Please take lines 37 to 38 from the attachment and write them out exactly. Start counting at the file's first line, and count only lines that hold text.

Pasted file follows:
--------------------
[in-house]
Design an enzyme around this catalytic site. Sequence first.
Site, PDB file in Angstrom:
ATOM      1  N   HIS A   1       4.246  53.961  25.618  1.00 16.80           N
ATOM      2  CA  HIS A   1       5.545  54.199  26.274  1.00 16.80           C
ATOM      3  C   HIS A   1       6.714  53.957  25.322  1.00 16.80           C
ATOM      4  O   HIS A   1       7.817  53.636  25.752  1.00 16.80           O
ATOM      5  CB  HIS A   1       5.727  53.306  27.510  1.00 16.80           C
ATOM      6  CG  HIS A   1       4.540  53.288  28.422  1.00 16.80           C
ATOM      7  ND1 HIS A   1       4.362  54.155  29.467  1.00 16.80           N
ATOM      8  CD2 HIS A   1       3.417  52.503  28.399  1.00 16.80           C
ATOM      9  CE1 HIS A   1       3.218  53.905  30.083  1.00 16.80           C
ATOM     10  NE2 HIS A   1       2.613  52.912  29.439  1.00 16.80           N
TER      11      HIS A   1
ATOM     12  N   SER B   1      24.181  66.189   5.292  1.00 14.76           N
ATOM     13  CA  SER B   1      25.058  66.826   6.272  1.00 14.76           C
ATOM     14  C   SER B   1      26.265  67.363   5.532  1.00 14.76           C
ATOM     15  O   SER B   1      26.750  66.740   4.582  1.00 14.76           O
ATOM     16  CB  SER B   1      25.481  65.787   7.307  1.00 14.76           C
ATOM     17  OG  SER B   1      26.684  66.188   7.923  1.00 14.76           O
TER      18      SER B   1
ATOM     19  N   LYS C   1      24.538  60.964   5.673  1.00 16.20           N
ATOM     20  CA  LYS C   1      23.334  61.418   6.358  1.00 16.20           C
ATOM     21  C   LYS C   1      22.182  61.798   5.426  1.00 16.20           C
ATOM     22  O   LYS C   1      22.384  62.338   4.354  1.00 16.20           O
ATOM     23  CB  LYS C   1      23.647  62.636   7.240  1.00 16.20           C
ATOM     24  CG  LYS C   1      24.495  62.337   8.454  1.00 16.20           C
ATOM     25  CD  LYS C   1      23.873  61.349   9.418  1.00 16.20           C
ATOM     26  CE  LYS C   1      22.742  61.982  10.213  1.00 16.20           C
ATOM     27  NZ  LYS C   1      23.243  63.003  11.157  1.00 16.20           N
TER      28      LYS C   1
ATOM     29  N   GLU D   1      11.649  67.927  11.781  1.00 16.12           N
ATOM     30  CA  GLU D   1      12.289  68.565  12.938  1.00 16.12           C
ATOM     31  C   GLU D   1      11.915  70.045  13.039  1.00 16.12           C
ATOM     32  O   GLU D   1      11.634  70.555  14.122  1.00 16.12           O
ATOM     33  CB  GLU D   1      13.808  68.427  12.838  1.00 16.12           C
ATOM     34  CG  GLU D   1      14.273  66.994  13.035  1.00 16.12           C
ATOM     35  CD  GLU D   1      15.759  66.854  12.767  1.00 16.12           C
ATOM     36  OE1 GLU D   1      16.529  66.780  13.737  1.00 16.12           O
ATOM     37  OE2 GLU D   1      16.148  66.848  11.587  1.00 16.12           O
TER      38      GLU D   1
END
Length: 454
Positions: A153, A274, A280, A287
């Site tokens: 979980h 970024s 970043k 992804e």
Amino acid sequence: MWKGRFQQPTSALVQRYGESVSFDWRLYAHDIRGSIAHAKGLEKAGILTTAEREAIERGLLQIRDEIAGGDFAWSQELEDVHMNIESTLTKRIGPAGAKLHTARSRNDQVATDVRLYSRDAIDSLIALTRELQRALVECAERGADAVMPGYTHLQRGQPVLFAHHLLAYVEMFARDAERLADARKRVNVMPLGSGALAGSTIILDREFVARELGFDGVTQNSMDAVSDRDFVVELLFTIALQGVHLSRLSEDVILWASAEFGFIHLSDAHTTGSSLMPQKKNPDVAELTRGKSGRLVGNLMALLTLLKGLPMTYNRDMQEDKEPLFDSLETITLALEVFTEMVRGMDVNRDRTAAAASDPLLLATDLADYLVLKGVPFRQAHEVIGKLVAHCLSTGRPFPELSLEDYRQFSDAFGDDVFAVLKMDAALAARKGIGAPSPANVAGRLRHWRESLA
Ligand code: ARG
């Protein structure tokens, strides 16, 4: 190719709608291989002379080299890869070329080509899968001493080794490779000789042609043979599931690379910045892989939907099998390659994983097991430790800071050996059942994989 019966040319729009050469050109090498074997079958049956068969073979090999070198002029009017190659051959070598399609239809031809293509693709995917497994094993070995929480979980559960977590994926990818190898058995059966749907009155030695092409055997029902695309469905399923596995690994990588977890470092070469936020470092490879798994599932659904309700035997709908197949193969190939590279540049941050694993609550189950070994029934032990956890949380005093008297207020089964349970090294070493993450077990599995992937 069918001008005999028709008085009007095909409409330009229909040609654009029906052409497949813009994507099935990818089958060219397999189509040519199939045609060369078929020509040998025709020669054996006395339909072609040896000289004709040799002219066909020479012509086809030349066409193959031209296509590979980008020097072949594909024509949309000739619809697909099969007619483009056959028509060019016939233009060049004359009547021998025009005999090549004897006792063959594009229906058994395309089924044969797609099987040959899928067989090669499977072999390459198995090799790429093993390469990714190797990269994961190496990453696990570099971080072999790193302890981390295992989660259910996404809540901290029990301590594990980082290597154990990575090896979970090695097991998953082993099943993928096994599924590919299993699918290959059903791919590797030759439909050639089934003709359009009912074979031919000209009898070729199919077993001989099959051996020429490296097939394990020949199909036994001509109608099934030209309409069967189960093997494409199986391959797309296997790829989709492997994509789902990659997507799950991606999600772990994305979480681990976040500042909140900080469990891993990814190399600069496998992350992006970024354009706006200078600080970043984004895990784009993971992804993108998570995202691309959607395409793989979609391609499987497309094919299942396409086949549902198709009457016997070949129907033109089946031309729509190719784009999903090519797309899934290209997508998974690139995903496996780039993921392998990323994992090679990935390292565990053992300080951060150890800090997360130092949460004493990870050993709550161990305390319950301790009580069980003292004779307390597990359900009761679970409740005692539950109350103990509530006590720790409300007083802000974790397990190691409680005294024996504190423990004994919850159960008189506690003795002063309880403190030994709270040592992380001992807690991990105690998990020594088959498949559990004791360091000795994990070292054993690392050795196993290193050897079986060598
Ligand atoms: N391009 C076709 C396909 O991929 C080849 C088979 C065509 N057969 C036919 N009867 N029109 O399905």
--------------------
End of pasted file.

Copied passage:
ATOM     34  CG  GLU D   1      14.273  66.994  13.035  1.00 16.12           C
ATOM     35  CD  GLU D   1      15.759  66.854  12.767  1.00 16.12           C